John Burrell

First Advisor

Marjorie S. Terdal

Term of Graduation

Spring 2000

Date of Publication


Document Type


Degree Name

Master of Arts (M.A.) in Teaching English to Speakers of Other Languages


Applied Linguistics




English language -- Study and teaching (Higher) -- Spanish speakers, English language -- Errors of useage



Physical Description

1 online resource (v, 144 pages)


The present study looked at the error correction preferences of 172 adult Latino ESL students. It was a modified replication of a study which looked at the error correction preferences of Japanese university students. A questionnaire was used to gather the data. The questionnaire measured the participants' general preferences for error correction, attitudes towards peer correction, the desired frequency of correction in five aspects of language and preferences for specific types or methods of error correction.

The study found a very positive attitude towards error correction by the teacher. There was a positive attitude towards peer correction, but only from peers whose English ability was higher. The participants preferred to have their errors in five aspects of language corrected in the order: phonology, vocabulary, grammar, pragmatics, and discourse. Less than half of the participants had a positive attitude towards correction of his or her discourse errors. The most preferred methods of correction were ones that allowed the student the chance to self-correct. Specifically, the two most preferred methods were the teacher repeating the question and the teacher asking the student to repeat their answer. The two least favored methods of correction were the teacher ignoring the error and indicating non-verbally that an error had occurred.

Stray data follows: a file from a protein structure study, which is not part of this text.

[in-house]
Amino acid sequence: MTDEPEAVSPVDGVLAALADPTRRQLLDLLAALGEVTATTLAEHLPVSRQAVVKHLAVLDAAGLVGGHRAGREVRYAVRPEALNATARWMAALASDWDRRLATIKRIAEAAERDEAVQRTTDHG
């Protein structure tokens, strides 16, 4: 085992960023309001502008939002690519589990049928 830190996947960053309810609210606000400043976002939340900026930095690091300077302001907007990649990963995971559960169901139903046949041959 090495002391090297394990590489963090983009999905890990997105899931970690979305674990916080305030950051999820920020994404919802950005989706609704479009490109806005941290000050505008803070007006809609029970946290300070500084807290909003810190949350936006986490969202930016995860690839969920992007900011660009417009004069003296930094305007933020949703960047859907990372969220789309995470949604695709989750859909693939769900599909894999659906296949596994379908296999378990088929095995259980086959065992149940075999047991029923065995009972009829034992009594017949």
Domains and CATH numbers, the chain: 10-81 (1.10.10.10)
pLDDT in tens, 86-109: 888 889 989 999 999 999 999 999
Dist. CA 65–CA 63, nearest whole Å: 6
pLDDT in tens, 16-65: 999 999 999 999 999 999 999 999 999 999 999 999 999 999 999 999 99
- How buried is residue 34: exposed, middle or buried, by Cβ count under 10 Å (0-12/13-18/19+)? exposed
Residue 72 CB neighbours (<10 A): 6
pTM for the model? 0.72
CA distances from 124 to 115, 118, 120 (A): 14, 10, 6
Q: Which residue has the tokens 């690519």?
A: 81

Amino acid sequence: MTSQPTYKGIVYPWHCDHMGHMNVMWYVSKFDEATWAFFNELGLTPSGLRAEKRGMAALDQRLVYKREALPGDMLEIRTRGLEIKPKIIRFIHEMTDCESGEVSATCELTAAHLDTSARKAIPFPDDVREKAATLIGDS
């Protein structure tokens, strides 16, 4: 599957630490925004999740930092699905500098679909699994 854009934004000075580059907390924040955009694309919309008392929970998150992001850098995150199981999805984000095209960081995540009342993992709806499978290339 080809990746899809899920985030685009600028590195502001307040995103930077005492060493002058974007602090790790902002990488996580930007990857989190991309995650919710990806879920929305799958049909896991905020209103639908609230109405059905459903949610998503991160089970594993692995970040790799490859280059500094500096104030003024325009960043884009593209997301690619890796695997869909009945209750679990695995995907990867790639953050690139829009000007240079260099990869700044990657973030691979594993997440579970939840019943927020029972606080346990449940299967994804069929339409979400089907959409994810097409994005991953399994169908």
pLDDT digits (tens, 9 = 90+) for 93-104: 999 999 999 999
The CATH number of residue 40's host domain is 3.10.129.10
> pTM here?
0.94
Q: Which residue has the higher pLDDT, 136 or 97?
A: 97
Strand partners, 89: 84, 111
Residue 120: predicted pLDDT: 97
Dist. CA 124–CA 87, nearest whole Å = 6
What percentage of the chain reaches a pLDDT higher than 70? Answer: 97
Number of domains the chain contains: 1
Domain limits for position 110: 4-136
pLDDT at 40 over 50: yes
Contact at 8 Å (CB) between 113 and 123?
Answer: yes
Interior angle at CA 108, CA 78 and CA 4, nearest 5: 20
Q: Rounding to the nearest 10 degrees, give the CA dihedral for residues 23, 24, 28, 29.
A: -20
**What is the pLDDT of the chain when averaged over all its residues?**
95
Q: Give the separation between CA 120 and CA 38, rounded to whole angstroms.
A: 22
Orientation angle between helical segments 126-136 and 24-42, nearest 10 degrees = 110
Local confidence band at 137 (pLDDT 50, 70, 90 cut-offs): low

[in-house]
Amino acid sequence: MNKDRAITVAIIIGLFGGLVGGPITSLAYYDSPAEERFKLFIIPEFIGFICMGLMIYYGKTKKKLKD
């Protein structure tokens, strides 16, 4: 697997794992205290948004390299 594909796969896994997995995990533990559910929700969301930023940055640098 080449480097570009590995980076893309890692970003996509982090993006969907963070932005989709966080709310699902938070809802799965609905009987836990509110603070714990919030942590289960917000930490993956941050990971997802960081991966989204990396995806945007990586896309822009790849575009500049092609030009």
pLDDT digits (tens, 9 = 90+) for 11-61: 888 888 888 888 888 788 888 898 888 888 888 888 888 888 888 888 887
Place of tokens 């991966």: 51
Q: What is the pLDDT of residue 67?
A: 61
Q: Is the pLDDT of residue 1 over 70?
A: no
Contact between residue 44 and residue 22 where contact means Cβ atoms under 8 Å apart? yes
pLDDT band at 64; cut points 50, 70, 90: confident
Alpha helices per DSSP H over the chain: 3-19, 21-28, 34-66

There were significant differences between a few subgroups in the study. Women wanted more correction on their phonology errors than men did. Women also favored four specific methods of correction more than men did. Those participants who did not have the chance to speak English outside of class favored peer correction more than those participants who did have a chance to speak English outside of class. The study found that the older the participants were the more they wanted their grammatical, phonological, and pragmatic errors corrected. It was also found that the more education the participants had, the less they liked the method of correction where the teacher only indicated the error.


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